Love and Other Words, in My Words


Maya Marques '26

LAOW strutting the bookshelf runway.

Maya Marques, Reporter

“Love and Other Words”, In My Words

I had just gotten home from school, and it had not been a good day. I was tired and emotional, for a reason I can’t remember. I was glad there was no homework that day because I wouldn’t have had the motivation to do it anyway. I remembered that I had gone to the bookstore a day prior and decided I deserved a break to do what I wanted for once. So I picked up “Love and Other Words” by Christina Lauren and started reading.

I was pulled in immediately; the characters were lovable and the plot was enticing. The reason I chose it at the bookstore in the first place was because I had seen one not very popular review on it on the internet, but the writer of said review was raving about it. I was intrigued that it wasn’t being talked about. And wanted to learn more.

The authors, Christina Lauren, had had many hits at this point in their career. And they had recognition for most of their books at this point, like  “The Unhoneymooners” and “Roomies.” I have read books from this duo before, and from prior experiences I was expecting a cliché love story with no actual depth. Instead I got a cliché love story with twists and turns and four different points of views that kept me on my toes the entire time.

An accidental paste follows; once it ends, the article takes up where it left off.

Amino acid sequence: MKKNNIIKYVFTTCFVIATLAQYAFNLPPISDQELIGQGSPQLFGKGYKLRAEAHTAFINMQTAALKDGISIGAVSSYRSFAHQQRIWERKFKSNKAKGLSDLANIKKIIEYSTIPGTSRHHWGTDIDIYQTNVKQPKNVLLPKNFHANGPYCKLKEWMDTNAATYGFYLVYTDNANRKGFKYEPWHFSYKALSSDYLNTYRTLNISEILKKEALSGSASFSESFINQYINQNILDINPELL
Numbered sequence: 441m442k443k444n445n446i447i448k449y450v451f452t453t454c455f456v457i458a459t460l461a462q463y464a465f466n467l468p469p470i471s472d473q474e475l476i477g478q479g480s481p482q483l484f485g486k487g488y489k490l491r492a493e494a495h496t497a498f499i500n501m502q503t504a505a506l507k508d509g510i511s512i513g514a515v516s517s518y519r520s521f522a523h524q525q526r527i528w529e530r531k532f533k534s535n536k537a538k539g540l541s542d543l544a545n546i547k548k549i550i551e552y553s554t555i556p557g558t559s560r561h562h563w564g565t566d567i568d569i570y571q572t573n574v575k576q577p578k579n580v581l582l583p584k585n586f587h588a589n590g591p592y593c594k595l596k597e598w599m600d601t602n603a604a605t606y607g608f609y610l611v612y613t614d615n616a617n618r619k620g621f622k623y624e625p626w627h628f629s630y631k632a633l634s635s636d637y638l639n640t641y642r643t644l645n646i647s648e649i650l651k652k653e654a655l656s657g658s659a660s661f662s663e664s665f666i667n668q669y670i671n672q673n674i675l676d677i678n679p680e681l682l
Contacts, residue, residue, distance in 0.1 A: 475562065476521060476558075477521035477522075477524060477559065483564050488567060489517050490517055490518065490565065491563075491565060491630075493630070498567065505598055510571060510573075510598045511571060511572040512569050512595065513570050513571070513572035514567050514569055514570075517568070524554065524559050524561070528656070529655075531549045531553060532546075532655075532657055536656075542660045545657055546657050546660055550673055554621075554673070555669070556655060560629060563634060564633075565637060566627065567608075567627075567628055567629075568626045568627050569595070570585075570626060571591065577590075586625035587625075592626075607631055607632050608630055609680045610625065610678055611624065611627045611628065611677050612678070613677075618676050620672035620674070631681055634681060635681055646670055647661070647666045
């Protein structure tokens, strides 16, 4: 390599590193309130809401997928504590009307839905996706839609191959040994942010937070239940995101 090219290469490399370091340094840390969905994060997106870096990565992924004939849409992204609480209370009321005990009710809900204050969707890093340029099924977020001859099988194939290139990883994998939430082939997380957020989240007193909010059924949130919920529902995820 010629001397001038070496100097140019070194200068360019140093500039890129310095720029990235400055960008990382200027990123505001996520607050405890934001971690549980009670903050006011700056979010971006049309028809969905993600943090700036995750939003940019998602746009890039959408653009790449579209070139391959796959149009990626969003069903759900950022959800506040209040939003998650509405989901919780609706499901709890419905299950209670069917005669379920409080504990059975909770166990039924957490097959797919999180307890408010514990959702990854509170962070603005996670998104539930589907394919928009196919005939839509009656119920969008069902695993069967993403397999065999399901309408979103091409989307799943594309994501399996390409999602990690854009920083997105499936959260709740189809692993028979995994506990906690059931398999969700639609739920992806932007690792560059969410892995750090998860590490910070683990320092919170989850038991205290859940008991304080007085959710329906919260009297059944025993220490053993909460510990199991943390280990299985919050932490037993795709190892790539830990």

Christina and Lauren met in unlikely circumstances. Christina Hobbs, a former junior high counselor and Lauren Billings, a neuroscientist. These two met co-writing fan-fiction and became a duo ever since. I didn’t even know they were co-writers until I finished “Love and Other Words” and saw a picture of both of them on the last page. I was really surprised.

The story follows Macy and Elliot. Macy is a half-Brazilian girl who lost her mother at a young age. Her mother, having the knowledge that she was going to die, wrote a list for Macy’s father, full of things for him to give Macy in her lifetime. One of these things is a house outside the city for Macy and her father to go to on the weekends when Macy needs a break from the world.

Macy and her father visit houses and in one in particular, Macy finds a boy in her closet reading a book. From then on, Macy and Elliot become best friends, sharing their love for stories, closets, and drama.

The story follows the point of view when Macy and Elliot are both young and growing up slowly falling in love. But, there is also a jump to the lovers’ present-day point of view, beginning when Macy and Elliot meet again in a coffee shop and Macy refuses to even look at Elliot. The mystery is why did these two lovers fall apart and will they find their love again?

There are a few trigger warnings that need to be stated before reading the book: there is a recount of rape, cheating, grief, and loss. So reader discretion is advised, these moments are briefly mentioned in the story.

The tropes in this book are: Childhood friends to lovers to enemies to lovers, there is a happy ending, and a miscommunication sub-trope.

The book is an amazingly quick read. I finished the book on the same day and later I went to bed in a way better mood than when I was coming home from school.

One of my favorite parts of the book is when Elliot and Macy share their favorite words with each other.

Today my favorite word is nefelibata, read “Love and Other Words” and tell me yours.